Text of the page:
English play in Quebec City challenges Francophone spectators

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WATCH: A Quebec City theatre is putting on a play in English despite criticism from the public. As Global's Raquel Fletcher reports, the main actor studied for 11 months to do the play in his second language – Nov 8, 2018

A Quebec City theatre is ignoring the criticism of a play it’s putting on this month to challenge the public. The main actor studied for 11 months to be able to do the play in his second language.

That’s because the play is written and performed in English even though many season ticket holders won’t be able to understand the whole thing.

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Jack Robitaille has been an actor in Quebec City for more than 40 years, but he says this play — The Dragonfly of Chicoutimi, unleashed a persona he didn’t know he was capable of.

“I worked really hard, really hard,” Robitaille said. “It gave me a character. I was really something else.”

The Francophone actor spent one to two hours a day, seven days a week, for almost a year, learning his lines in English. Similarly, his character is a Francophone who has lost his ability to speak French.

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“After years of silence resulting from a trauma, Gaston Talbot from Chicoutimi, wakes up from a strange dream to discover he has lost his mother tongue,” La Bordée Theatre describes in the play brochure. “In an English that is syntactically contaminated by French, he gives an account of his life and this dream where he transforms into a dragonfly and flies off above his hometown.”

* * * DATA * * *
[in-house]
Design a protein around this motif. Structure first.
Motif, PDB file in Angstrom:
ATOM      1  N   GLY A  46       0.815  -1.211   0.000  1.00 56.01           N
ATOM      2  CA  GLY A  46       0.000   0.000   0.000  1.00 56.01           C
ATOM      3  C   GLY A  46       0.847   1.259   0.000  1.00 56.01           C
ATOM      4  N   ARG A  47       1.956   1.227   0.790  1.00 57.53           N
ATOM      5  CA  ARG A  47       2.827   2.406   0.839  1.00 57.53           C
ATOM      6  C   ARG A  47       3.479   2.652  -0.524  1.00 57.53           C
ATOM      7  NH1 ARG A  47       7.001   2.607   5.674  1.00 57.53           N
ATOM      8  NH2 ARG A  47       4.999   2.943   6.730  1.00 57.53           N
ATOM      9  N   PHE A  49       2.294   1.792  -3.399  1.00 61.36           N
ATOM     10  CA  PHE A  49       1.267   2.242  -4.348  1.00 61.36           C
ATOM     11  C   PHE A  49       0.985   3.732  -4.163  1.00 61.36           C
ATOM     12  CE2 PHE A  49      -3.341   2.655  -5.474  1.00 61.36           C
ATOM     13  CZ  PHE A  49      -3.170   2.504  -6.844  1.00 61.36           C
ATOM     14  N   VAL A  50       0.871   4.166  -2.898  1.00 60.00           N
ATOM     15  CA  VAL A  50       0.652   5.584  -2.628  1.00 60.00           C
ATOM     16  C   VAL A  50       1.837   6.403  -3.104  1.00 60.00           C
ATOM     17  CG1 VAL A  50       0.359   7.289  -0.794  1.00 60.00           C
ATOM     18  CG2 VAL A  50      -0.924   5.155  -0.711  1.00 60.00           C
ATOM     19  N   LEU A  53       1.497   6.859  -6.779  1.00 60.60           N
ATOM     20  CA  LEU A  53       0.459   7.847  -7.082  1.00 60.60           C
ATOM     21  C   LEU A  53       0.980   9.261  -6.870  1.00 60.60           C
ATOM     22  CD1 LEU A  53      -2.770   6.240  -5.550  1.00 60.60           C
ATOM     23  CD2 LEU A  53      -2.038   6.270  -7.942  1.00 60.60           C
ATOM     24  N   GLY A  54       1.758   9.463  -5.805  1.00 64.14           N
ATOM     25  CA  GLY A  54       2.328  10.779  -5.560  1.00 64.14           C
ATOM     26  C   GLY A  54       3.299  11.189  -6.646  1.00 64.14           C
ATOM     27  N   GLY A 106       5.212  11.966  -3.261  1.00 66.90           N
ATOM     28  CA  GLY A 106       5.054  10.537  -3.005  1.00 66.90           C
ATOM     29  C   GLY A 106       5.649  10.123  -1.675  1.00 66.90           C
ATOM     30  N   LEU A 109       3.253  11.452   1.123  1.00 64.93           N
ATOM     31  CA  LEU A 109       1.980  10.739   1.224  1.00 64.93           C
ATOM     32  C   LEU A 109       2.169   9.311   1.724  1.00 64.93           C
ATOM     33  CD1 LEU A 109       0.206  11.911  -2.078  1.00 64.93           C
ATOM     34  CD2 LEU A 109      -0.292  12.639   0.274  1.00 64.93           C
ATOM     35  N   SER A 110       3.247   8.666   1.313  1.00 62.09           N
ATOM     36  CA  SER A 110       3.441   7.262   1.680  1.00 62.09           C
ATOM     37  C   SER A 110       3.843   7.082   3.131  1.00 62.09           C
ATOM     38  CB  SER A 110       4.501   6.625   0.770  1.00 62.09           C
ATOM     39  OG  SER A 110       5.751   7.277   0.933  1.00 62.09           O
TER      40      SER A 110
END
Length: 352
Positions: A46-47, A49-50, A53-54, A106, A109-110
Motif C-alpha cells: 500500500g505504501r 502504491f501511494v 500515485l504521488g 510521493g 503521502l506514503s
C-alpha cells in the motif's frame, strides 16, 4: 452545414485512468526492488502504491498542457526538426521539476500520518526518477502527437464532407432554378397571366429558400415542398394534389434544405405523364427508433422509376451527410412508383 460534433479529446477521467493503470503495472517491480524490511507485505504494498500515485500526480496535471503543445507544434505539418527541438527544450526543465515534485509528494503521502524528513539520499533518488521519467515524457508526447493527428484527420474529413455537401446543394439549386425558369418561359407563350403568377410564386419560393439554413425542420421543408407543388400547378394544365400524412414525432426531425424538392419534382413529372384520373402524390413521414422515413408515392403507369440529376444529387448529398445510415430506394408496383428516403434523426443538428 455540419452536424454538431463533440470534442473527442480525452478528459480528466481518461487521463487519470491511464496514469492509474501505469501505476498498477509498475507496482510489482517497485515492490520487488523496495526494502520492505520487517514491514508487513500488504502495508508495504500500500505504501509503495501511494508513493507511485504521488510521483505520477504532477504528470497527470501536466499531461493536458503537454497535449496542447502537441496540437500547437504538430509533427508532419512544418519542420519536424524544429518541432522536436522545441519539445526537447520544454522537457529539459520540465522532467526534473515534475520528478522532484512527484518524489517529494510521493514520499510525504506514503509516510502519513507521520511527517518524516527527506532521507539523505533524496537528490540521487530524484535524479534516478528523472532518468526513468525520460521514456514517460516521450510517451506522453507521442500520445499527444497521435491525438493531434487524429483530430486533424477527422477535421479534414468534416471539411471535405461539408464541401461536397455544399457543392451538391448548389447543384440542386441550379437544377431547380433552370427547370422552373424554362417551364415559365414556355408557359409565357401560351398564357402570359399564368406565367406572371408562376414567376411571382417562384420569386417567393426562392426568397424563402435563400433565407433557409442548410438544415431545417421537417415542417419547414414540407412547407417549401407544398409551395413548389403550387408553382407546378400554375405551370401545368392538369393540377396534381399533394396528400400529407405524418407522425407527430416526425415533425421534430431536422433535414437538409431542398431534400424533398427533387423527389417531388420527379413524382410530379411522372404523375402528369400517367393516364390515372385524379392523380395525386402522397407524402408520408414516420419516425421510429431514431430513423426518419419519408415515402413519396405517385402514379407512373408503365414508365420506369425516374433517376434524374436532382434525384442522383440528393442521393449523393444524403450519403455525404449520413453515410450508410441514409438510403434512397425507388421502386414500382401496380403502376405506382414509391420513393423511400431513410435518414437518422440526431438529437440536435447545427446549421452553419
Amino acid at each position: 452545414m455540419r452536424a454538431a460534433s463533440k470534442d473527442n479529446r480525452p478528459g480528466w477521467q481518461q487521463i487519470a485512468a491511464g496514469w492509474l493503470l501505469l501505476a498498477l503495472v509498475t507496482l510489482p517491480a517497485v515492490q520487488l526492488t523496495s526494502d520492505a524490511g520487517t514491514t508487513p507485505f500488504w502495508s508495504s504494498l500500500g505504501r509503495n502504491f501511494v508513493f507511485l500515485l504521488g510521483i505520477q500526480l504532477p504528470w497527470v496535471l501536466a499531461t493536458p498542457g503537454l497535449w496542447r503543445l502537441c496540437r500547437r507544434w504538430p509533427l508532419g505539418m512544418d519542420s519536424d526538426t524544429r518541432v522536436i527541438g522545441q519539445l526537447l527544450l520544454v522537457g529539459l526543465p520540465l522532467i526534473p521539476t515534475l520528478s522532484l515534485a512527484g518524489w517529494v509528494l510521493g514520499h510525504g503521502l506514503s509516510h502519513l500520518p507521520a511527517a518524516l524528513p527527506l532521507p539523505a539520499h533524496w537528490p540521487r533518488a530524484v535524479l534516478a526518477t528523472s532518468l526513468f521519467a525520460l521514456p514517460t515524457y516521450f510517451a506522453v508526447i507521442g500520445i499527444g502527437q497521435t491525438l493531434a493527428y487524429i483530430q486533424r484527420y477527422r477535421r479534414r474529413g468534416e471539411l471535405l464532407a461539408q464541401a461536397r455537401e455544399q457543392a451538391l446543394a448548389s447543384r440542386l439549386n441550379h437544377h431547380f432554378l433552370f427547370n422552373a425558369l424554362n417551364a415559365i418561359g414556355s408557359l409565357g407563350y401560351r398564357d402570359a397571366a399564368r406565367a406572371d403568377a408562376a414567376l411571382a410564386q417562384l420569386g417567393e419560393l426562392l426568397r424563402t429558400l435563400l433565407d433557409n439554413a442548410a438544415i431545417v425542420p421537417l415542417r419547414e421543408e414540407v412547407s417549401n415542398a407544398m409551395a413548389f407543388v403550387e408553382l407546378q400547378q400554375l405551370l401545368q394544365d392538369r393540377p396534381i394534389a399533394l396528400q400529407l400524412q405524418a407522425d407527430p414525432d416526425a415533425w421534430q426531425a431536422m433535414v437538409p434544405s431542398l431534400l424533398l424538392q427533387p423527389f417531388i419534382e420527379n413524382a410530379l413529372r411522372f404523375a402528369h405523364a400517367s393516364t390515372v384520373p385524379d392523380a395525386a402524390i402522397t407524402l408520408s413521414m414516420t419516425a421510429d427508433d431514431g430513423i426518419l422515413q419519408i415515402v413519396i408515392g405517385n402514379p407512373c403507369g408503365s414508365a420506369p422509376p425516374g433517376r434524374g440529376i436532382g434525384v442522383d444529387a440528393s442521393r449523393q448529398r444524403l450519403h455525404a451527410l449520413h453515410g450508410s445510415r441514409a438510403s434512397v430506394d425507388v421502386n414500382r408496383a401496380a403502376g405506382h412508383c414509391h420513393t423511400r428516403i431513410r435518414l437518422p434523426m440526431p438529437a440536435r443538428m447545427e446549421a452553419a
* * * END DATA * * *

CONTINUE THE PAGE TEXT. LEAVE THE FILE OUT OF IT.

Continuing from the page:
Robitaille said the play is like a set of Russian dolls:

“A little doll, in a bigger doll, in a bigger doll, in a bigger doll — it’s written like that,” he said.

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Written in 1995, Francophone playwright Larry Tremblay was inspired by the referendum and the tension between Quebec Francophones and Anglophones.

Robitaille said the play is meant to challenge spectators in their second language. However, he says some of them don’t like that challenge and were angry because they didn’t understand much of what was said.

He said some even tried to prevent La Bordée Theatre from producing the play.

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“Of course, it’s an effort. The public has to make an effort,” Robitaille said.

He added that most people who do make that effort are happy they came, “happy to be disturbed.”

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